Future History

History, if one is ever written, will not be kind to the politicians and business leaders of our generation. The obsession with competition, power and money that are the hallmarks of the capitalist society will be seen in hindsight as a sickness. They will be seen as personality flaws at the very least and highly dangerous delusions at worst. The historians of tomorrow will ask why billions of people allowed such individuals to lead them.

I rarely quote the Bible and if I do it is to make wry observations about the homilies and stories that biblical writers used to illustrate their ideologies but on this occasion I think that the famous quote, “the love of money is at the root of all evil” is particularly apposite.

I continue to find it strange that a concept such as money can cause such destruction for so many people and pleasure, of a sort, for so few. I consider that those who seek money and power have a basic insecurity in themselves that can never be satisfied and that they seek external gratification through control of others through the possession of money and power. I’m sure that I’m not saying anything new as the Buddhists in particular have been observing Western culture and commenting regularly about how we attempt to grasp on to a concept as though it is a thing.

Future historians will wonder at the weirdness of the idea of buying and selling money to make a profit. Their world will not include currency, if the human race ever gets there, there will be a system of exchange, value will not be added to the system of exchange, value will come through a person’s labour that adds quality and security to the life of others. Rentiers will become a thing of the past, production for the sake of profit will no longer exist and indeed will be pointless in tomorrow’s world.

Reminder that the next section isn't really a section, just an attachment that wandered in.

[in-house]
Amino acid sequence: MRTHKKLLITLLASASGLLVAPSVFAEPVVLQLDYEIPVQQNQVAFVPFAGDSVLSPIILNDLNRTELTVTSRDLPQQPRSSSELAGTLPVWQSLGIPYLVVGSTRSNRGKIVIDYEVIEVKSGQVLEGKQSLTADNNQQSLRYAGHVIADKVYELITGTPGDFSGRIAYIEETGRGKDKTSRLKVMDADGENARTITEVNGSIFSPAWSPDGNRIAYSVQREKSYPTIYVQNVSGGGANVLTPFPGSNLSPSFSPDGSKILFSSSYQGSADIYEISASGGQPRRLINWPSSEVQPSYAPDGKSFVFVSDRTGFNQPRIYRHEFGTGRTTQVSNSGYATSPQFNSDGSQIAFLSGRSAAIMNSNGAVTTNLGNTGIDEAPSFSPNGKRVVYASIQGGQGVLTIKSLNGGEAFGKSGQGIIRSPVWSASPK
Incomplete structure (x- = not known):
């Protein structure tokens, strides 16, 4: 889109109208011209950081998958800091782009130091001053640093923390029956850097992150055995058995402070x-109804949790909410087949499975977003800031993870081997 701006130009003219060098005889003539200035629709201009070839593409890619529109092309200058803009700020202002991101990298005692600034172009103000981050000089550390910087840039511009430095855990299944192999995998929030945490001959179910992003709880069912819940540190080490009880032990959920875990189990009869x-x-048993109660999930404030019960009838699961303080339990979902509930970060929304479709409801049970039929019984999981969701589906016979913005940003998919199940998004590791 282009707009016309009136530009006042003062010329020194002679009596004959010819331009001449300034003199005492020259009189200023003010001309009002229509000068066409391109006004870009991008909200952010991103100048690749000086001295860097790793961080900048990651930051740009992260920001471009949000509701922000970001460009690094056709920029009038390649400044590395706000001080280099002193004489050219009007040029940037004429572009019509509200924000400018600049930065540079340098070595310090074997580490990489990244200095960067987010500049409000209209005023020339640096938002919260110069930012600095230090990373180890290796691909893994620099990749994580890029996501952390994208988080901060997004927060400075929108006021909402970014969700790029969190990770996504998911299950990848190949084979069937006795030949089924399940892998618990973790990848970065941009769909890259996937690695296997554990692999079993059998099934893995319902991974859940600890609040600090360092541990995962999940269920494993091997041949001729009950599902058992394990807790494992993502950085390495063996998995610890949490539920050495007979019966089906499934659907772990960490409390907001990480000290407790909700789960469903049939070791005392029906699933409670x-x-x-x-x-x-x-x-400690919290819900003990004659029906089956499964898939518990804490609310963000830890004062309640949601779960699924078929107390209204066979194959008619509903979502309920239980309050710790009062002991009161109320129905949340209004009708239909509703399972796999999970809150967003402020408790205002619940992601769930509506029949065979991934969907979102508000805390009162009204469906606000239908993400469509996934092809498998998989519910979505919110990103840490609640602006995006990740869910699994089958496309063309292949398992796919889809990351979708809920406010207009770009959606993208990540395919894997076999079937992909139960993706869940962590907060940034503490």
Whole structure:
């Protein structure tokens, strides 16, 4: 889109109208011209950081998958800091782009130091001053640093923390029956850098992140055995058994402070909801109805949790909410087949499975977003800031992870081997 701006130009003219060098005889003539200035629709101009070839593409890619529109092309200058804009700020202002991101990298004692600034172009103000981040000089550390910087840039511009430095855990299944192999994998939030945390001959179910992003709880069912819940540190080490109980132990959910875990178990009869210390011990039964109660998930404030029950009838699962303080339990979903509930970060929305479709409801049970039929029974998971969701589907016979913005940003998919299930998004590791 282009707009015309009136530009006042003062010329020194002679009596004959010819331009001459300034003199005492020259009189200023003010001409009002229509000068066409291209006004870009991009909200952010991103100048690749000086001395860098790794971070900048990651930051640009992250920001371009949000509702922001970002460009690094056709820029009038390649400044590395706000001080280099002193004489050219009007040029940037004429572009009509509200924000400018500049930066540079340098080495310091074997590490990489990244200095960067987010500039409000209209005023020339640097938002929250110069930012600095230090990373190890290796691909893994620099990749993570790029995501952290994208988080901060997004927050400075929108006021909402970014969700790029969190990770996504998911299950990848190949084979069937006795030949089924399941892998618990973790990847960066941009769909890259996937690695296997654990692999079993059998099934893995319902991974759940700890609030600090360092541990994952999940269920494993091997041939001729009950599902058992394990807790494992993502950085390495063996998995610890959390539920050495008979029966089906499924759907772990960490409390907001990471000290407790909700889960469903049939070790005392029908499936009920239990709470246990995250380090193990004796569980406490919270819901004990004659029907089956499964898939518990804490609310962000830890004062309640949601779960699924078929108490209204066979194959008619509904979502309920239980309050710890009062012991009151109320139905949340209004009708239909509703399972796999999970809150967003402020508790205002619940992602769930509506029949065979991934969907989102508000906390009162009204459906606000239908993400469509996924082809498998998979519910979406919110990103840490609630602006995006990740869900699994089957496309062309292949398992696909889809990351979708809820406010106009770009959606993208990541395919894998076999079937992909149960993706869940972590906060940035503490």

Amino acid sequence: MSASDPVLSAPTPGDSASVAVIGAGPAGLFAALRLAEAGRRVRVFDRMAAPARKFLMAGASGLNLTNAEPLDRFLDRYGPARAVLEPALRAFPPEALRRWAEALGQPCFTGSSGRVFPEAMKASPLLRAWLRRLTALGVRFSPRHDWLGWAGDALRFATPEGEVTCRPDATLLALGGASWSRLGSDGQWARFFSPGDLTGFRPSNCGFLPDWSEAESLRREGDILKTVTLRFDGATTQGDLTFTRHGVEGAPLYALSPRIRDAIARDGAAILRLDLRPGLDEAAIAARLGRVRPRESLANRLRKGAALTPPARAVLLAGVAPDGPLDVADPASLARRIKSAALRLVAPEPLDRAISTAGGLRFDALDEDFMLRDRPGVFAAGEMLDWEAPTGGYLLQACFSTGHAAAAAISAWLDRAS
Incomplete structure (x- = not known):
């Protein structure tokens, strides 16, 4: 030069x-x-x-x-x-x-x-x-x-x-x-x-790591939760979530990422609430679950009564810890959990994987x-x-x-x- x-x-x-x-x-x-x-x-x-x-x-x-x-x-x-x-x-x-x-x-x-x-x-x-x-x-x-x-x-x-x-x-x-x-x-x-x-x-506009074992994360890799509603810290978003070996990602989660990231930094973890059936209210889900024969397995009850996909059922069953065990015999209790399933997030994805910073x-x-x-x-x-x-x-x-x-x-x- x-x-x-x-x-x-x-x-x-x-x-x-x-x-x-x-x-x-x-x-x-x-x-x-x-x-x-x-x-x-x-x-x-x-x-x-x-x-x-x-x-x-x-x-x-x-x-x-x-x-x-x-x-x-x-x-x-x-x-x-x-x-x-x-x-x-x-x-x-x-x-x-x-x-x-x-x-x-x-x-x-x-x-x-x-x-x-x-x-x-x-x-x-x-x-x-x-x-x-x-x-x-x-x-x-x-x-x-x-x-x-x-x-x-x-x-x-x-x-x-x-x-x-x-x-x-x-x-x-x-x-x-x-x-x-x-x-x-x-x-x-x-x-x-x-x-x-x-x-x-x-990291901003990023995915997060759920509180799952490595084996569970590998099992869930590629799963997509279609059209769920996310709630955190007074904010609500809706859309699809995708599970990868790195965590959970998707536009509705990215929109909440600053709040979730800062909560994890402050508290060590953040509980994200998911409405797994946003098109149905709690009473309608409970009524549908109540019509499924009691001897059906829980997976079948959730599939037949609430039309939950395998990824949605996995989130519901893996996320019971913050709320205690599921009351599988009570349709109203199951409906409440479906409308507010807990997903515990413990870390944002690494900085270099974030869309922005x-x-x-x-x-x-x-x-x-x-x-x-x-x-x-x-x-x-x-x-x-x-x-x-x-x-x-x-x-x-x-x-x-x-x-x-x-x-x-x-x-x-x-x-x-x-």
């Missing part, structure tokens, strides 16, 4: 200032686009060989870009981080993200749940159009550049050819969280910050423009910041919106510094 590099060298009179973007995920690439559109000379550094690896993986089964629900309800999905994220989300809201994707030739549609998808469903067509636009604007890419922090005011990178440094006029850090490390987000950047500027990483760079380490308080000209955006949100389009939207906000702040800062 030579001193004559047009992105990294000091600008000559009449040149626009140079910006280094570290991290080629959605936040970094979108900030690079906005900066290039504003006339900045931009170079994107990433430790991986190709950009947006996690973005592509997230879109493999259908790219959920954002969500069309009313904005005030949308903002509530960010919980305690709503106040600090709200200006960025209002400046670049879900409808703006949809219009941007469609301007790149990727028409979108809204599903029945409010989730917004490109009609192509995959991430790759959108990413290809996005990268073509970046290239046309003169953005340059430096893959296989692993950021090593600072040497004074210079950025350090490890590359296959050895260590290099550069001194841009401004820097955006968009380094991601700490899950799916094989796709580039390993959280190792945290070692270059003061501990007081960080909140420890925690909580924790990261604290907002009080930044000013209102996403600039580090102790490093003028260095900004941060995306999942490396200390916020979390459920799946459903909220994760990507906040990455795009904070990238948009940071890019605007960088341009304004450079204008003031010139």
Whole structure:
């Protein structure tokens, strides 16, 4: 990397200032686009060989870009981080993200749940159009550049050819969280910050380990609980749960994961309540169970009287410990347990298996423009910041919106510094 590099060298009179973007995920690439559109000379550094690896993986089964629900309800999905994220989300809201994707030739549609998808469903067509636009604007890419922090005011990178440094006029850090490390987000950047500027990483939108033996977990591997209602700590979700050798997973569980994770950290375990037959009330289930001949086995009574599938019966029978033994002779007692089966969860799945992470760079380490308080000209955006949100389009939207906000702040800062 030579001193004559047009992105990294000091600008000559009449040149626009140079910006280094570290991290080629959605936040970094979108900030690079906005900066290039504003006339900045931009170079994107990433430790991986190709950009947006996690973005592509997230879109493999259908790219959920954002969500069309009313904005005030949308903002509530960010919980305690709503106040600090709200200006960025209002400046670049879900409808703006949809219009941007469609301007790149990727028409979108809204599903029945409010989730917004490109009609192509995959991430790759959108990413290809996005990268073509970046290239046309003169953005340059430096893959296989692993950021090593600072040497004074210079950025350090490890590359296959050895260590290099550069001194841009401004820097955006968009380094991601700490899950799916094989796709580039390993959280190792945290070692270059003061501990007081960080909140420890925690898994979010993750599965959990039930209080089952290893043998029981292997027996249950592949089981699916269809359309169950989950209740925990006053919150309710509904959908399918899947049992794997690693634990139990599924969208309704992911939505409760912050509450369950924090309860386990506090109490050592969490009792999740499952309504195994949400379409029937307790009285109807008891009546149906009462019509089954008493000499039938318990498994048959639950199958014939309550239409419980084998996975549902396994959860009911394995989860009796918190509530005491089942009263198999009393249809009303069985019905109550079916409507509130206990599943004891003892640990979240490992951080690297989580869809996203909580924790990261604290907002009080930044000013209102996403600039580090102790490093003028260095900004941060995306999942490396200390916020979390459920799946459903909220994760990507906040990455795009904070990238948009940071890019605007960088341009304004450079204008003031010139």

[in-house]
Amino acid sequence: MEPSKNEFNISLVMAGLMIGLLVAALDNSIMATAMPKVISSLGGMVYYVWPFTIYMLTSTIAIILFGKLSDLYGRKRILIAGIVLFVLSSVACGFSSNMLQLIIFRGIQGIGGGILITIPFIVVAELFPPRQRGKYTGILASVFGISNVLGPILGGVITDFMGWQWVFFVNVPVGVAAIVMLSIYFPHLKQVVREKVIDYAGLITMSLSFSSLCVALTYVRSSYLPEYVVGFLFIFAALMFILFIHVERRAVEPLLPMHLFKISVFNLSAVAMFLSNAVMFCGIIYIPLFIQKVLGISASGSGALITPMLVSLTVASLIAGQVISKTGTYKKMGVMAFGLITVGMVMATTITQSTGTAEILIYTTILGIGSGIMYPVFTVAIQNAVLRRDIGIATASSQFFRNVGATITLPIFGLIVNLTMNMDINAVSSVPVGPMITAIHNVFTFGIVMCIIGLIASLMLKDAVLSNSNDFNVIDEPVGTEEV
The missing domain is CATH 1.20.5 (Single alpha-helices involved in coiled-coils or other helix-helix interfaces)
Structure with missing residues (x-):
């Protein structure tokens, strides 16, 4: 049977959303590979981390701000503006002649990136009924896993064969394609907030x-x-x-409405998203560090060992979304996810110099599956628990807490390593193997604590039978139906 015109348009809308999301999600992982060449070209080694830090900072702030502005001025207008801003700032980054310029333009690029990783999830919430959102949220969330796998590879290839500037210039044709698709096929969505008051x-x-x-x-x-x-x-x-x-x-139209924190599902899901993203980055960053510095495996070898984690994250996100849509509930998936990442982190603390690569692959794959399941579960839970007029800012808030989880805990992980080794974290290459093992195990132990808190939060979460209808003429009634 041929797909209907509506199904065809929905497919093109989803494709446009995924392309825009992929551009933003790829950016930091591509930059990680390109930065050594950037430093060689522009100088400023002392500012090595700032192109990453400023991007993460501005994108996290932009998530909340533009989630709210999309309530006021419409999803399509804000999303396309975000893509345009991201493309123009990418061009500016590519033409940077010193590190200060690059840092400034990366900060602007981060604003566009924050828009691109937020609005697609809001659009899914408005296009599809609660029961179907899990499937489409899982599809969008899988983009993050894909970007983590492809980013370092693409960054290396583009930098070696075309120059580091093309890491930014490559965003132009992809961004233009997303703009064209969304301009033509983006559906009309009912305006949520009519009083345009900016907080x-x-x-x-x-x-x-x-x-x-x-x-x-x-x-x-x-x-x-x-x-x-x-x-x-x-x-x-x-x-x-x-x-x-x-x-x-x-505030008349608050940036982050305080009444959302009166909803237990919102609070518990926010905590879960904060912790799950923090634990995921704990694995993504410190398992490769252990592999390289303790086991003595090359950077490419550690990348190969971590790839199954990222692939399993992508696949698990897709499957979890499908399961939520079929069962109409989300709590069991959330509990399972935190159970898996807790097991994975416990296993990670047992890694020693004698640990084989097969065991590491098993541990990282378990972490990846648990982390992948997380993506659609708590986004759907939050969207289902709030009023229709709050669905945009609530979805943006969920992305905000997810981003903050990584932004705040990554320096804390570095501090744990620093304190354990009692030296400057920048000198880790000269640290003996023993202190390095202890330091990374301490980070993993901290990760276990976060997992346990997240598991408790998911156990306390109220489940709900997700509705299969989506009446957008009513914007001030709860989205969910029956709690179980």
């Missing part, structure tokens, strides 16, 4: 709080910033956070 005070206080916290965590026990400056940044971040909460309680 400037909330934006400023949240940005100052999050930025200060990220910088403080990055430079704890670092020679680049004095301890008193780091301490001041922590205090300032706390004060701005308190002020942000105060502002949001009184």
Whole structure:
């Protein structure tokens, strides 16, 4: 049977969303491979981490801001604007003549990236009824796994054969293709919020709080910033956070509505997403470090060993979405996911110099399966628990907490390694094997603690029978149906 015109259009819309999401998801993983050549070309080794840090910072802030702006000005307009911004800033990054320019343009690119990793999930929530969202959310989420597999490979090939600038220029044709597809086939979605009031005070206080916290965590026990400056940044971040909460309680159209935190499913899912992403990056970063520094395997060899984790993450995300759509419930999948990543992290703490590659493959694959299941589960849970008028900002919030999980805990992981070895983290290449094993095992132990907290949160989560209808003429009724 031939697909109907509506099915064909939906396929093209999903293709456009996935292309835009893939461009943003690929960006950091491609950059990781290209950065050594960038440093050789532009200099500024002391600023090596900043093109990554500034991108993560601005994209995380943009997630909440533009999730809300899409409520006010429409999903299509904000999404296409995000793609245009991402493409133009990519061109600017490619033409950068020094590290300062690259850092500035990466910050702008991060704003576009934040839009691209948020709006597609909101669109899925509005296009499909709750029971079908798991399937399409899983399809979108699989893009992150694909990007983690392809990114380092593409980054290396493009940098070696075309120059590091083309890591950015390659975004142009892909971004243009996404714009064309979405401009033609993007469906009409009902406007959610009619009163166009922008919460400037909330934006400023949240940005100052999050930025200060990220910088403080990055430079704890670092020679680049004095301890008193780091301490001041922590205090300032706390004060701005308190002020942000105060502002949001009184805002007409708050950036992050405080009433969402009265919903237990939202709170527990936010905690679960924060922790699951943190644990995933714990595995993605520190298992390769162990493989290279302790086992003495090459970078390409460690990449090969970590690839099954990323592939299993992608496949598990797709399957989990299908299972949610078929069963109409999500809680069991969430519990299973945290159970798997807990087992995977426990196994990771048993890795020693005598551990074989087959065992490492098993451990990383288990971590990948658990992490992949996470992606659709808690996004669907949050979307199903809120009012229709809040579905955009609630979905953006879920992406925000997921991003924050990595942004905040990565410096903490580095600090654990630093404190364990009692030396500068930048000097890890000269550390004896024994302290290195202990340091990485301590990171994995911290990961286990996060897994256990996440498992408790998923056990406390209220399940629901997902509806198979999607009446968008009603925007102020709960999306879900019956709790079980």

Future generations will look back at the crass stupidity of those who refuse to form networks, collaborations and common purpose. The future will be represented not by many different factions competing with each other but many different perspectives respecting one another, respecting difference, understanding that different points of view can be held and do not need to be suppressed with verbal or physical violence. There will be a huge recognition of diversity of the need for difference in order to create and maintain curiosity, exploration and sustainability.

Those who seek to divide and pit one against another will be seen as dangerous and unhealthy.

A utopian vision, perhaps, but if the human race doesn’t recognise that it has to work with itself in all its different forms in order to survive there will be no human race.
Value can only be achieved by a genuine altruistic desire to improve the lot of everyone and not just for those in our friendship groups, families, communities or nations. If the human race is to survive then the dinosaur thinking that has ruled for the last 140,000 years which is based upon fear, fear of loss, fear of harm, fear of insecurity and fear of others has to change into a form of thinking which begins to think about possibilities, opportunities (for all) and collaboration.